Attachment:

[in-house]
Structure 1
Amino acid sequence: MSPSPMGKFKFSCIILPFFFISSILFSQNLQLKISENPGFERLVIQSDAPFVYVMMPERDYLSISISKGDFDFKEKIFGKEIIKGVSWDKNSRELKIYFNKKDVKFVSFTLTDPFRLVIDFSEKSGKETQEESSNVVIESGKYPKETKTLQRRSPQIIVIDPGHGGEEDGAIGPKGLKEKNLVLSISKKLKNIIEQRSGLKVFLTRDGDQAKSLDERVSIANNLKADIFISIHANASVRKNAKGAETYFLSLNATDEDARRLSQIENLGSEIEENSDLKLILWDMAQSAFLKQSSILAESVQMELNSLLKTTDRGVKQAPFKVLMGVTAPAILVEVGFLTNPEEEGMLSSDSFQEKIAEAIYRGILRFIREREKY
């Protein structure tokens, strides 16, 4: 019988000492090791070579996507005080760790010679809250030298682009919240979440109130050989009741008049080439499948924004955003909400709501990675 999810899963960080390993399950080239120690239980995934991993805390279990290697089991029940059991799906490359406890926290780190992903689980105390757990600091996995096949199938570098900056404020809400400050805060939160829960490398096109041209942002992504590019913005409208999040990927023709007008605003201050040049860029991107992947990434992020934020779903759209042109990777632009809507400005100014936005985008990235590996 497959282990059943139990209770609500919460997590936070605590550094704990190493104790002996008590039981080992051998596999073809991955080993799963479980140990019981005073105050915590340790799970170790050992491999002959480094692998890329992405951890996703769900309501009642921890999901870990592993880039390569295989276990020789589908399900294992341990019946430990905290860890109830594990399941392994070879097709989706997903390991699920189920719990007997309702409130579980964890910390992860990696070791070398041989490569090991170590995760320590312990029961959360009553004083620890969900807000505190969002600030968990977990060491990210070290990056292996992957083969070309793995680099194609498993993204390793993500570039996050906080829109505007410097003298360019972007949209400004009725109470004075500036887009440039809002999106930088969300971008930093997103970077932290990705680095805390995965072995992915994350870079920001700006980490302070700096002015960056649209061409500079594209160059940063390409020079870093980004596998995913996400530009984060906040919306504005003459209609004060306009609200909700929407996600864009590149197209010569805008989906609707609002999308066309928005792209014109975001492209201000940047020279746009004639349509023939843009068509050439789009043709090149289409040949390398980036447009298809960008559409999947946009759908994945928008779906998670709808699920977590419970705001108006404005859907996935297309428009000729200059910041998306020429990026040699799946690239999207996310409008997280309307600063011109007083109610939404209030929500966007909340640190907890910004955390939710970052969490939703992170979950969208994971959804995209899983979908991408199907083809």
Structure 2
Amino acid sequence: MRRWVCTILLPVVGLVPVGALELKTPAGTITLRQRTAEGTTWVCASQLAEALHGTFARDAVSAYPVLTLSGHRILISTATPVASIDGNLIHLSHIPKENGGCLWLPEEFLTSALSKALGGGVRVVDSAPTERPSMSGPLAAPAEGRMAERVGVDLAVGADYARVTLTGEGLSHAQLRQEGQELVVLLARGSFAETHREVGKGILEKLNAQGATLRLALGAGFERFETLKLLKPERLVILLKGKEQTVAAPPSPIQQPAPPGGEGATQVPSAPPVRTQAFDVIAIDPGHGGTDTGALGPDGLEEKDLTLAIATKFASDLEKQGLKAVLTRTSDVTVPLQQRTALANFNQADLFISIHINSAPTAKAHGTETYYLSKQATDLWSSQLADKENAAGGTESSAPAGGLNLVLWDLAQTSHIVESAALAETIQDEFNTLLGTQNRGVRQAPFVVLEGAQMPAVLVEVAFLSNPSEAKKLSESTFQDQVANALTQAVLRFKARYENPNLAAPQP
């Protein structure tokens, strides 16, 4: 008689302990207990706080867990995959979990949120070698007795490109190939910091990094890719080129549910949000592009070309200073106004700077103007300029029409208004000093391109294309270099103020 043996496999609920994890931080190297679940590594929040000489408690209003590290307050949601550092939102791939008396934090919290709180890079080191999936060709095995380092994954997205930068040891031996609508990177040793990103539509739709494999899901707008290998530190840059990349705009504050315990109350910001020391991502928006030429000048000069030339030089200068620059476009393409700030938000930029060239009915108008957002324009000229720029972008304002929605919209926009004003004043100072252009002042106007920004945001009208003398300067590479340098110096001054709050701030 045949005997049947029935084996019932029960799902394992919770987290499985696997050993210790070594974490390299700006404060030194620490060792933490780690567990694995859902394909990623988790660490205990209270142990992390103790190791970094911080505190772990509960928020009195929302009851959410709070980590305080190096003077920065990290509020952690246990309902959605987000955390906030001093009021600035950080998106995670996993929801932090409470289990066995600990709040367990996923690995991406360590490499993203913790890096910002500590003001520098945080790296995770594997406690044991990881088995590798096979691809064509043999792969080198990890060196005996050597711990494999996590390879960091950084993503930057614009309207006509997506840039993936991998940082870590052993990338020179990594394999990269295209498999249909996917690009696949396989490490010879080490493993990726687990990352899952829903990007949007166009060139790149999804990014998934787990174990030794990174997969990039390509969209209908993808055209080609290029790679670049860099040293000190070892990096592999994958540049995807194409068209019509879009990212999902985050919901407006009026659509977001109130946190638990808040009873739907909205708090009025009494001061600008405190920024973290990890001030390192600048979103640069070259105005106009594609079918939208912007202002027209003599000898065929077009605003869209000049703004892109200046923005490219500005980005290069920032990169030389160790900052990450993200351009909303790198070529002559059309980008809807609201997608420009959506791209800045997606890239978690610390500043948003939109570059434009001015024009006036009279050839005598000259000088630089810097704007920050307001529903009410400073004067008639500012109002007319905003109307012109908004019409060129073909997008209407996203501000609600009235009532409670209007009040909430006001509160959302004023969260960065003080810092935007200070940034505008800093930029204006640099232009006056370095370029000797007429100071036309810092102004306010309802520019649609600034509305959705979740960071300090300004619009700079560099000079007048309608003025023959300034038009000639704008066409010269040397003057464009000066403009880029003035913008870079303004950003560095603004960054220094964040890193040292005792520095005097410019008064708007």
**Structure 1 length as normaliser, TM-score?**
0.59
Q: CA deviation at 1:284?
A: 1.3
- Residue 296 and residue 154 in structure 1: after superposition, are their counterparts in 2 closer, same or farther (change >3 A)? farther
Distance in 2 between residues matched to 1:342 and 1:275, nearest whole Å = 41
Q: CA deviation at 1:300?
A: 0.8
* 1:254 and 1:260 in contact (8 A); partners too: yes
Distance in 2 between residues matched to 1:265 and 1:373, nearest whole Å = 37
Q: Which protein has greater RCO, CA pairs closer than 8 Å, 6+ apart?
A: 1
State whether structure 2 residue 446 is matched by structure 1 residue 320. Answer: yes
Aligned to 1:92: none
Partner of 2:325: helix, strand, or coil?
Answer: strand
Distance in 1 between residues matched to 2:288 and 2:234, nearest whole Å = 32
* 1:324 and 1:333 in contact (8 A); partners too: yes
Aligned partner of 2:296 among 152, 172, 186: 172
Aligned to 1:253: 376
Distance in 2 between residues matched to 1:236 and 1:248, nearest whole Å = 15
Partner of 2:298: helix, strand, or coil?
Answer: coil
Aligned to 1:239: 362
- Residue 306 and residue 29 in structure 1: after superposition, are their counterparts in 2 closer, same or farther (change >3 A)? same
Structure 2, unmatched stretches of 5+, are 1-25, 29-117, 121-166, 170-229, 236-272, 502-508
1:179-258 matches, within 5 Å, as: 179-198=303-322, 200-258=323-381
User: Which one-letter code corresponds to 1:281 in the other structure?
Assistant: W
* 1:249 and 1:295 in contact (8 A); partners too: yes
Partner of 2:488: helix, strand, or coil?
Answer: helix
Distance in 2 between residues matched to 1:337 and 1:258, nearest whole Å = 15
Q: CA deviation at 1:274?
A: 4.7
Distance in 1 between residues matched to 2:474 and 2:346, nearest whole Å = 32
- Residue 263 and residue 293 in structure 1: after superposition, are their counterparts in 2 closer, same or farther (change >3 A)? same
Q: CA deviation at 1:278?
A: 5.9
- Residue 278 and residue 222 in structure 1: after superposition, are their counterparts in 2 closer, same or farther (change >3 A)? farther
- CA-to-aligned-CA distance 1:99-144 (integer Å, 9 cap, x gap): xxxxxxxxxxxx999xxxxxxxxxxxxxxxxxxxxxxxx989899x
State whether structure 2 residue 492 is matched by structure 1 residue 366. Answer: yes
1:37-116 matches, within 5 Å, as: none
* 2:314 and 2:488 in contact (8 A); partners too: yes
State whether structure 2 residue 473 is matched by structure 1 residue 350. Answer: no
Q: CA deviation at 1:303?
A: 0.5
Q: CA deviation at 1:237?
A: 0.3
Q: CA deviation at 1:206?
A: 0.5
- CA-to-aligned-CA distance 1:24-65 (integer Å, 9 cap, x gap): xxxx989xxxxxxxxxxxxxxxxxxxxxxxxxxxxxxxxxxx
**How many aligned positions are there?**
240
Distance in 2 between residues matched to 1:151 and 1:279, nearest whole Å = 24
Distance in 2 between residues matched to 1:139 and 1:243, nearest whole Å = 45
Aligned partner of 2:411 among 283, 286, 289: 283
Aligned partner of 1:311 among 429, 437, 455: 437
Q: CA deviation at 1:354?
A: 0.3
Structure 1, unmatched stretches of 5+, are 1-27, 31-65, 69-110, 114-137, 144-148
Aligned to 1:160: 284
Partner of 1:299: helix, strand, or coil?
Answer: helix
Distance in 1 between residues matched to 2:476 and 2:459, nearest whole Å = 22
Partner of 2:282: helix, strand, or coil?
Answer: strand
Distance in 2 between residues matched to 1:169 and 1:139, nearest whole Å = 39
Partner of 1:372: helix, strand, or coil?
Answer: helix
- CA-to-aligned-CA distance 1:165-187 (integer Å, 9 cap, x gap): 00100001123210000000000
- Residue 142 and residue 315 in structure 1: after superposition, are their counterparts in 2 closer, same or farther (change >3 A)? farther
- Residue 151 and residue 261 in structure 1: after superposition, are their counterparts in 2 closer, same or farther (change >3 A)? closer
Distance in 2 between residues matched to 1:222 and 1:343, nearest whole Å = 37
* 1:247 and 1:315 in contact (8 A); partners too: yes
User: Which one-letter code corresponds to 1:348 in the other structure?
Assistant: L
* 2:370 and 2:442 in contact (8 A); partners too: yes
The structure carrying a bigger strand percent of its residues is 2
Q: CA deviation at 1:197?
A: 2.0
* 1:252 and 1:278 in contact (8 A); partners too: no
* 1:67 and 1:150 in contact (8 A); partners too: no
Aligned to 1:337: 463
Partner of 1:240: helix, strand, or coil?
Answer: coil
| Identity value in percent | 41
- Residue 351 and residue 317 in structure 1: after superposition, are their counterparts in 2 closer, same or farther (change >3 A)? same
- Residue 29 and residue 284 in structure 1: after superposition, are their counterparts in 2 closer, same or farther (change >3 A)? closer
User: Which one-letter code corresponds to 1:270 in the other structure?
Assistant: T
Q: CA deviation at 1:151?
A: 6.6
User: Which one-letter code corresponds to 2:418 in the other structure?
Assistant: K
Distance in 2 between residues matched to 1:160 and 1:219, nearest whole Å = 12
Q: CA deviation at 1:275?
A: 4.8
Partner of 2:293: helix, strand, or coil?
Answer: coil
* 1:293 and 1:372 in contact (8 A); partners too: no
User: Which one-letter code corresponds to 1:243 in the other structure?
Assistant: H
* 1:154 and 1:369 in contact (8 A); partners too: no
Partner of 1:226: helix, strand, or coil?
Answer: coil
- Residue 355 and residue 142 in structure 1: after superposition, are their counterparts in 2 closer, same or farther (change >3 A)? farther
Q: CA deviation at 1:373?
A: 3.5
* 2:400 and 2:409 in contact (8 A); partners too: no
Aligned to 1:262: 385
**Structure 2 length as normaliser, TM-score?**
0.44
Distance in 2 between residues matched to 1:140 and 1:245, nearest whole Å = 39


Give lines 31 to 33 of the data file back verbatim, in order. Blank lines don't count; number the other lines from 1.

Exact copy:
Aligned to 1:239: 362
- Residue 306 and residue 29 in structure 1: after superposition, are their counterparts in 2 closer, same or farther (change >3 A)? same
Structure 2, unmatched stretches of 5+, are 1-25, 29-117, 121-166, 170-229, 236-272, 502-508